6. There are more available large dogs and their lives are at risk at the shelters because the public is wanting small dogs.

7.Urban housing restricts the size of the animals in the home and apartments placing more dogs at risk.

8. Apartments are more strictly enforcing a “no pets” rule or “cats only” rule. There are fewer available homes for dogs.

9. Real Estate management companies simplify their property management by not allowing pets at all.

10. Private parties less frequently rent to dog owners.


Questions? Comments? Email: [email protected]

Note! Always spay, neuter, microchip, collar and tag your pets.

Please Let Your Areas Of Influence Help A Cat Family.

We Need A Backyard To Live In and To Be Fed to Thrive

In animal rescue my days are filled seeking solutions to help local animals in need. Community Animal Network is looking for a safe backyard to release the black & white cat family of three. The mom and two 4-5 month old kittens have been altered and the ears tipped, which is a sign that the animals are altered!

The Cat Family’s Story: Community Animal Network was contacted by a neighbor telling of a woman who died and her immediate family just put the deceased woman’s 15 unaltered cats outdoors to fend by themselves! Our humane animal trapper was sent to the house to begin TNR, (trap neuter and return), which saves lives and controls the population.
The cat family is ready to be released back to the property after being trapped and altered. Now the neighbor tells us she has been told to stop feeding the cats, the animals are not wanted back and the house will be sold! That Good Samaritan neighbor feeds outdoor cats in her own yard and adding 15 more is just too much!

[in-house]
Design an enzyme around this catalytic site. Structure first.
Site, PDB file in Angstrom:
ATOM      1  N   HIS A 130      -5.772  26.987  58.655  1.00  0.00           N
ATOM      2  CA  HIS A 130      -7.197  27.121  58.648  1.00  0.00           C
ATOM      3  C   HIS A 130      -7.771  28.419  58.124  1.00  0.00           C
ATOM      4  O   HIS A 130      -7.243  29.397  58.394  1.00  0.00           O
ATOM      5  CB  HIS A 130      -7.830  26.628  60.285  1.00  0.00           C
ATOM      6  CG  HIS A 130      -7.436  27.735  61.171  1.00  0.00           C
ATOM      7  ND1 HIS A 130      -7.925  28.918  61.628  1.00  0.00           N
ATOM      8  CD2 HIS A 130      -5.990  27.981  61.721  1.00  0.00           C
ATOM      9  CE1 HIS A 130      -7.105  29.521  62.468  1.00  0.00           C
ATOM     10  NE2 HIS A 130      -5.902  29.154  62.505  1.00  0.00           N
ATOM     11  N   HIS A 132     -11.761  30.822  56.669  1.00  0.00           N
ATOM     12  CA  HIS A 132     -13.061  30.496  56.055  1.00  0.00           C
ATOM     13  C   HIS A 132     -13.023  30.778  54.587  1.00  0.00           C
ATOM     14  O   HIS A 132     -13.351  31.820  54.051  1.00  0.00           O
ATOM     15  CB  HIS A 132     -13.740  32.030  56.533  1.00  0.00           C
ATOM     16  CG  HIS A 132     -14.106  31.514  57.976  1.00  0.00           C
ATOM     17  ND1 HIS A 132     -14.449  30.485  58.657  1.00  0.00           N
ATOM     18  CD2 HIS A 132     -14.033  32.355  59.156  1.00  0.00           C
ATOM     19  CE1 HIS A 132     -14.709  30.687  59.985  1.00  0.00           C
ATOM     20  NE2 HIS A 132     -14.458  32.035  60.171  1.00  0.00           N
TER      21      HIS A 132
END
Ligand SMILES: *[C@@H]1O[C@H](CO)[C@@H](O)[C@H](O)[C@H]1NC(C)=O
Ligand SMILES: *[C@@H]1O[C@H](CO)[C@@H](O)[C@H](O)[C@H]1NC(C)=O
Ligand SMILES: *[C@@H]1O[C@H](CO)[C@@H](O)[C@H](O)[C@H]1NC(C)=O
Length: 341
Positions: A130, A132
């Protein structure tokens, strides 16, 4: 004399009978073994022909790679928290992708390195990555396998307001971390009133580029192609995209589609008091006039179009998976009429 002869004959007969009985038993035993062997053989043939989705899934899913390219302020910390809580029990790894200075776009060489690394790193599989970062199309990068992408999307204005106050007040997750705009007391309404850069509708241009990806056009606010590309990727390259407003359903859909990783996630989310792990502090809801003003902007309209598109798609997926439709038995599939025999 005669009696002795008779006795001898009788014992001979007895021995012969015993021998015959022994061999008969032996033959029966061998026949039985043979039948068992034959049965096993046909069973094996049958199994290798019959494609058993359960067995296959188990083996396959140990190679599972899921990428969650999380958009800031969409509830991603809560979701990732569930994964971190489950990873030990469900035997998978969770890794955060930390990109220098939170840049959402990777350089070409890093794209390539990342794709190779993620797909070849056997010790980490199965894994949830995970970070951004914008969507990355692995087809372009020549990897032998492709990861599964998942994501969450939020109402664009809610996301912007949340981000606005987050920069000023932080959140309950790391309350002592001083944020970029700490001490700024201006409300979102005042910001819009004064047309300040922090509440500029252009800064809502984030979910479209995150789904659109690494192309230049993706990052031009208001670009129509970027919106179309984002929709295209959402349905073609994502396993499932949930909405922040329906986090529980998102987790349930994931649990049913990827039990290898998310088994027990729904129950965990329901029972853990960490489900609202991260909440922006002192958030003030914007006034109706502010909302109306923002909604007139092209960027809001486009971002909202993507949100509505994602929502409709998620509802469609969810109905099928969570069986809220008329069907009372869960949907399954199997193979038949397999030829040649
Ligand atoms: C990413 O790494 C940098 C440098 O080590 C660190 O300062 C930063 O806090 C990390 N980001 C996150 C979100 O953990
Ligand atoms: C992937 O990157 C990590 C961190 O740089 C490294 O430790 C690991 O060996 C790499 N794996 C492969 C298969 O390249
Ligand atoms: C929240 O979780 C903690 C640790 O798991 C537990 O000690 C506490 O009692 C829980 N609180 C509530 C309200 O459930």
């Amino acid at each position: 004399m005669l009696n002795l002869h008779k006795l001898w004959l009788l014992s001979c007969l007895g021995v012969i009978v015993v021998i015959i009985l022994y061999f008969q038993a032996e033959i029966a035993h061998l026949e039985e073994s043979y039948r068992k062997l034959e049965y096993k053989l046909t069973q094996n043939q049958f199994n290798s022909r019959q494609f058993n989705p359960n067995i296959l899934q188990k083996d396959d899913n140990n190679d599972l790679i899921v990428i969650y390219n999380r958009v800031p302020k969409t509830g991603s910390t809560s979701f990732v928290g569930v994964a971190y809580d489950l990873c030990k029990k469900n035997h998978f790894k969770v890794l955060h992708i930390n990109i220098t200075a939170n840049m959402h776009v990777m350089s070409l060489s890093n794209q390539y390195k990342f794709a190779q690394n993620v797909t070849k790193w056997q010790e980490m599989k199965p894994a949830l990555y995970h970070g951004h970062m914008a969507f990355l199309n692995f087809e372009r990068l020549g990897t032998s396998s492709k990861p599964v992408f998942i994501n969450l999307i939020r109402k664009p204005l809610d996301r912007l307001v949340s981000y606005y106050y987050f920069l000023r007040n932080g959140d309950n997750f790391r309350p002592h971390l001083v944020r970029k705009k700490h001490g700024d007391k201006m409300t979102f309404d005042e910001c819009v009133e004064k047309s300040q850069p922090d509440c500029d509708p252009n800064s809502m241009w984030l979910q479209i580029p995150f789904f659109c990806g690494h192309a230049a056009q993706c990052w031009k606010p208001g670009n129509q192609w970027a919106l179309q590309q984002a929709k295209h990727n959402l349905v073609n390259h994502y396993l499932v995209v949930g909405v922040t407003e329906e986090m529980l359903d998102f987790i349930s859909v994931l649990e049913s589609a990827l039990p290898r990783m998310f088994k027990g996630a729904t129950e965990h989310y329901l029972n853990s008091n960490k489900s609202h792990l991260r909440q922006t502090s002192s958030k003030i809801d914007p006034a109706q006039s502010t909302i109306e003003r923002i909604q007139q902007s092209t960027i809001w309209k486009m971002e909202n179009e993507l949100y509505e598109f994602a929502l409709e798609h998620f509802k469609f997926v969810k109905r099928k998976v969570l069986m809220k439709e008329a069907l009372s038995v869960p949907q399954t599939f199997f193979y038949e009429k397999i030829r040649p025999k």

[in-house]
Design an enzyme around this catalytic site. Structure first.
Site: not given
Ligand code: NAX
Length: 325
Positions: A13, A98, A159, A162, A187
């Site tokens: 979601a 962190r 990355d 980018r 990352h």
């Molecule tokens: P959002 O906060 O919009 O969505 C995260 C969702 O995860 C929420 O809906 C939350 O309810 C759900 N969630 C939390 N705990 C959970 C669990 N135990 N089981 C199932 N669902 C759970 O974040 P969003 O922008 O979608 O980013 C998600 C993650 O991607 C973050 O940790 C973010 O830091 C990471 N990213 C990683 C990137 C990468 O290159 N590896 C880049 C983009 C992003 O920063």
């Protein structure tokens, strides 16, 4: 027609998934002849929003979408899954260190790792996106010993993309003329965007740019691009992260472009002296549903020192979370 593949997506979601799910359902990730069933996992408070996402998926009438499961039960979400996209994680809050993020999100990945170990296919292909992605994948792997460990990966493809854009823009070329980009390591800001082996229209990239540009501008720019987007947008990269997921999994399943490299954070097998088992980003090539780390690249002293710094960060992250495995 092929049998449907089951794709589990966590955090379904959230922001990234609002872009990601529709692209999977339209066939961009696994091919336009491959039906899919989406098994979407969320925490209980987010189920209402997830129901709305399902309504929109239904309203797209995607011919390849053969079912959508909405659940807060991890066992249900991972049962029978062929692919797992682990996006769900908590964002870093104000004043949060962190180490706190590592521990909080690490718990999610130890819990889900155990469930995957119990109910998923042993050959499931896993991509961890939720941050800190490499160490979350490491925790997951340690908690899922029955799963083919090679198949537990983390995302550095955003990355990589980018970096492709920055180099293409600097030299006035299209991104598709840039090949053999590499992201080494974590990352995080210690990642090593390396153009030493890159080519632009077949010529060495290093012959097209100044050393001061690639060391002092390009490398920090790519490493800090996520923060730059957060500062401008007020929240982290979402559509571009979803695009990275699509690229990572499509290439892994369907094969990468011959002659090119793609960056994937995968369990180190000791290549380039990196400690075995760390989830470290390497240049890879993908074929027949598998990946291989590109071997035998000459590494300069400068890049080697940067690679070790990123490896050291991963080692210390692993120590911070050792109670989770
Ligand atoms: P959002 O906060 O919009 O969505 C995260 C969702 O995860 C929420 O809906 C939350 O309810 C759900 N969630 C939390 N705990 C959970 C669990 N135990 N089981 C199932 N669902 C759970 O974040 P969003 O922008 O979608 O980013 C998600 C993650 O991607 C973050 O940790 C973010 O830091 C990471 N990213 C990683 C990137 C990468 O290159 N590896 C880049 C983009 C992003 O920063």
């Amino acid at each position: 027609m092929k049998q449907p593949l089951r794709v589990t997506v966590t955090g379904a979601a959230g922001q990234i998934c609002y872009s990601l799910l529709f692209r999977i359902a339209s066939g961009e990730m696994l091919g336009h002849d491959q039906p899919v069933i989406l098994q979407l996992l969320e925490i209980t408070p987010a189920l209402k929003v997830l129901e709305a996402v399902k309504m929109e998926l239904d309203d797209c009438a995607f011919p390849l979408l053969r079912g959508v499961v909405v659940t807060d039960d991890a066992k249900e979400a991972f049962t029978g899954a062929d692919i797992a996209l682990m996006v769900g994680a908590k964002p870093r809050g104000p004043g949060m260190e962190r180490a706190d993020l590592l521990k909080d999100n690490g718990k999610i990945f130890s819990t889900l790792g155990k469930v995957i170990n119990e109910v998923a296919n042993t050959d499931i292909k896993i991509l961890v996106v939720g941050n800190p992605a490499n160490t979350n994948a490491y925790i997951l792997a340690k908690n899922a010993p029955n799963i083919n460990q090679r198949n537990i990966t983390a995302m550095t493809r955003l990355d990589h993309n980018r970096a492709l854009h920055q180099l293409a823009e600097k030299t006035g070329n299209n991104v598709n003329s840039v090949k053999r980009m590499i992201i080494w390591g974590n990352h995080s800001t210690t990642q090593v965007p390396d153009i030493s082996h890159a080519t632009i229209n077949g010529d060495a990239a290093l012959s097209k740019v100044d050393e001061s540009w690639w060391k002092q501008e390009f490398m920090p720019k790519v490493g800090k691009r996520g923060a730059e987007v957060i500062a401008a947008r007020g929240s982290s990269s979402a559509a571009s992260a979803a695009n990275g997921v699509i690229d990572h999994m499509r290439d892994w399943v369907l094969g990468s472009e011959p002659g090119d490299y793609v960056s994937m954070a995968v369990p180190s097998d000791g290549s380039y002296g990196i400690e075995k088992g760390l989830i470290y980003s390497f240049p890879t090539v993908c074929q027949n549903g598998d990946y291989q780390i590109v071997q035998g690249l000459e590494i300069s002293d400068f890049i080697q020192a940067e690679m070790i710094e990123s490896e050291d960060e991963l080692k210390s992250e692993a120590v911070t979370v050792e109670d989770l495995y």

We know that outdoor cats are at risk; however, there is nowhere for this family of cats to go except a shelter. Sadly, feral or frightened cats that act fractious at a municipal or county shelter will not survive long after impound.

Our trapper has them caged now for 2 weeks hoping they would warm up and she’s been looking for someone to help. The population will be growing if we do nothing. We do not want the animals to starve and even nice seeming people can be cruel to unwanted cats in high stray neighborhoods.

If you are an animal lover reading this and can help spread the word of need it would be appreciated! Or, why not make a donation to help with the costs of altering stray and feral cats?

A recurring donation would really help by adding us to your on-line bill pay account. Or, just mail us a check it saves fees and interest!

Thank you for your consideration to help local animals in need.

Community Animal Network
P.O. Box 8662
Newport Beach, Ca 92658
Non-Profit Tax ID# 33-0971560

Trapping Demonstrations

On March 14th O.C. Animal Care hosted trapping classes and demonstrates during the morning and the evening. The ultimate goal of the TNR method is to humanely trap, sterilize, and medically treat any free roaming kittens so as to normalize the population of outdoor cats in the area. Evidence supports that doing so will benefit the lives of both stray and feral cats, while simultaneously improving our interactions with the outdoor cats near us.